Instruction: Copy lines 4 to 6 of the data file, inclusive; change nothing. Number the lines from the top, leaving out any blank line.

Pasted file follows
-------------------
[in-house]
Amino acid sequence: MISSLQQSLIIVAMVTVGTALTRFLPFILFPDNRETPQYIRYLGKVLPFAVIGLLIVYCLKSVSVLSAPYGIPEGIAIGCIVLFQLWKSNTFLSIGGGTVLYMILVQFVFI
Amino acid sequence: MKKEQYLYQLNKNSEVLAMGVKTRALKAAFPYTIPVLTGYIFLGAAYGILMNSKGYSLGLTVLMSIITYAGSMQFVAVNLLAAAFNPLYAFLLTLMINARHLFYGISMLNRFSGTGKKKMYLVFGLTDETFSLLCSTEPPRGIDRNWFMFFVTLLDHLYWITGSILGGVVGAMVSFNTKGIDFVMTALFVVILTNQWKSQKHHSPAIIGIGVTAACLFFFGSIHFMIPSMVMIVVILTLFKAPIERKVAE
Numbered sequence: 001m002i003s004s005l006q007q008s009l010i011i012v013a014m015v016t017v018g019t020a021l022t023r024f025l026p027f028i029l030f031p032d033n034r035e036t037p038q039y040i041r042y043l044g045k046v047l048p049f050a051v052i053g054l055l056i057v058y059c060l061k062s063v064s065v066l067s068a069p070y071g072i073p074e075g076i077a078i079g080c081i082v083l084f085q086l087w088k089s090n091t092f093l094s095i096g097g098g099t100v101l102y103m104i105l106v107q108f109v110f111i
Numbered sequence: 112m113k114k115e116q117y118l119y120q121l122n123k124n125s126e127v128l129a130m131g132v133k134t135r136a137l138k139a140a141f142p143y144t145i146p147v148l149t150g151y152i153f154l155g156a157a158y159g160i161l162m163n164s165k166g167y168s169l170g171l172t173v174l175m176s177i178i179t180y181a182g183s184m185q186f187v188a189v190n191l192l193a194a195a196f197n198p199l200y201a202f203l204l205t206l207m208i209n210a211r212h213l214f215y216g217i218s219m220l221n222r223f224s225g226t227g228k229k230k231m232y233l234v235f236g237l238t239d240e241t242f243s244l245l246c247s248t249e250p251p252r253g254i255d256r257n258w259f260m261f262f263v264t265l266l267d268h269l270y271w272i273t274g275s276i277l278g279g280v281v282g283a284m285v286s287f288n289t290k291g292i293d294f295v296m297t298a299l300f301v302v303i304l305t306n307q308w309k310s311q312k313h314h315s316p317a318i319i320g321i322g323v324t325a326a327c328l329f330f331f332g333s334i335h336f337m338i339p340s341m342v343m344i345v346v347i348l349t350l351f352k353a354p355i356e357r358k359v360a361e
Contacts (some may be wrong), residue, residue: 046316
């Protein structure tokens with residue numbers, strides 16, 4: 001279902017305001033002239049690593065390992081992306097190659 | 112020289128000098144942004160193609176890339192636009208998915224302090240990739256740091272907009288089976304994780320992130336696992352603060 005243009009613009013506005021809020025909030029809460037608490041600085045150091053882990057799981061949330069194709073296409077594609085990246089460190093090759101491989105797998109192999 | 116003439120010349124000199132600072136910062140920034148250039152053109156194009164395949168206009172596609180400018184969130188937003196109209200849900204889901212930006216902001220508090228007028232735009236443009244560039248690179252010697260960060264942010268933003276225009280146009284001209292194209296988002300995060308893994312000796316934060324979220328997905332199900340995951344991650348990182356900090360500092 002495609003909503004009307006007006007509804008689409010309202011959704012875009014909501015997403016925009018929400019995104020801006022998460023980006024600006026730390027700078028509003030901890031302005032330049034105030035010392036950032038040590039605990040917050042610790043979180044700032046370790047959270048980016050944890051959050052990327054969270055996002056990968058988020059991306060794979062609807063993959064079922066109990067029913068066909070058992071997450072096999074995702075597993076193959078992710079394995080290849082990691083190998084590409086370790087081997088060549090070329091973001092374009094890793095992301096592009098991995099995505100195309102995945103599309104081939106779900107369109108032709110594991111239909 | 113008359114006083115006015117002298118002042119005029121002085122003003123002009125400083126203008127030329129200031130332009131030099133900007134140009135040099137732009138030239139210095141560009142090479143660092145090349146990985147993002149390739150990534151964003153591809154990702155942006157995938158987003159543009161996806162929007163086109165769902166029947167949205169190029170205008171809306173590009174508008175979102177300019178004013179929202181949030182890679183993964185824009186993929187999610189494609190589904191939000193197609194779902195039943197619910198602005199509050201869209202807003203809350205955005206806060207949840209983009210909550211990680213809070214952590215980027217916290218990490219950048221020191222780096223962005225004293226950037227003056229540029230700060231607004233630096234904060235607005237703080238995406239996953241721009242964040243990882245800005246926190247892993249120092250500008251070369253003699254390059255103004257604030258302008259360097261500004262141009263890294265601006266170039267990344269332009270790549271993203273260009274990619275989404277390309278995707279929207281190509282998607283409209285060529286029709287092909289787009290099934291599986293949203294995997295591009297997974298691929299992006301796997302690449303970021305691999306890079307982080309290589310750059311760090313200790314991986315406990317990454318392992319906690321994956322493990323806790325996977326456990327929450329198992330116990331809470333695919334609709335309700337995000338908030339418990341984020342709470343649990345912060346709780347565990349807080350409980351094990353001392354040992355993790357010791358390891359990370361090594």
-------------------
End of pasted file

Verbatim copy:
Numbered sequence: 001m002i003s004s005l006q007q008s009l010i011i012v013a014m015v016t017v018g019t020a021l022t023r024f025l026p027f028i029l030f031p032d033n034r035e036t037p038q039y040i041r042y043l044g045k046v047l048p049f050a051v052i053g054l055l056i057v058y059c060l061k062s063v064s065v066l067s068a069p070y071g072i073p074e075g076i077a078i079g080c081i082v083l084f085q086l087w088k089s090n091t092f093l094s095i096g097g098g099t100v101l102y103m104i105l106v107q108f109v110f111i
Numbered sequence: 112m113k114k115e116q117y118l119y120q121l122n123k124n125s126e127v128l129a130m131g132v133k134t135r136a137l138k139a140a141f142p143y144t145i146p147v148l149t150g151y152i153f154l155g156a157a158y159g160i161l162m163n164s165k166g167y168s169l170g171l172t173v174l175m176s177i178i179t180y181a182g183s184m185q186f187v188a189v190n191l192l193a194a195a196f197n198p199l200y201a202f203l204l205t206l207m208i209n210a211r212h213l214f215y216g217i218s219m220l221n222r223f224s225g226t227g228k229k230k231m232y233l234v235f236g237l238t239d240e241t242f243s244l245l246c247s248t249e250p251p252r253g254i255d256r257n258w259f260m261f262f263v264t265l266l267d268h269l270y271w272i273t274g275s276i277l278g279g280v281v282g283a284m285v286s287f288n289t290k291g292i293d294f295v296m297t298a299l300f301v302v303i304l305t306n307q308w309k310s311q312k313h314h315s316p317a318i319i320g321i322g323v324t325a326a327c328l329f330f331f332g333s334i335h336f337m338i339p340s341m342v343m344i345v346v347i348l349t350l351f352k353a354p355i356e357r358k359v360a361e
Contacts (some may be wrong), residue, residue: 046316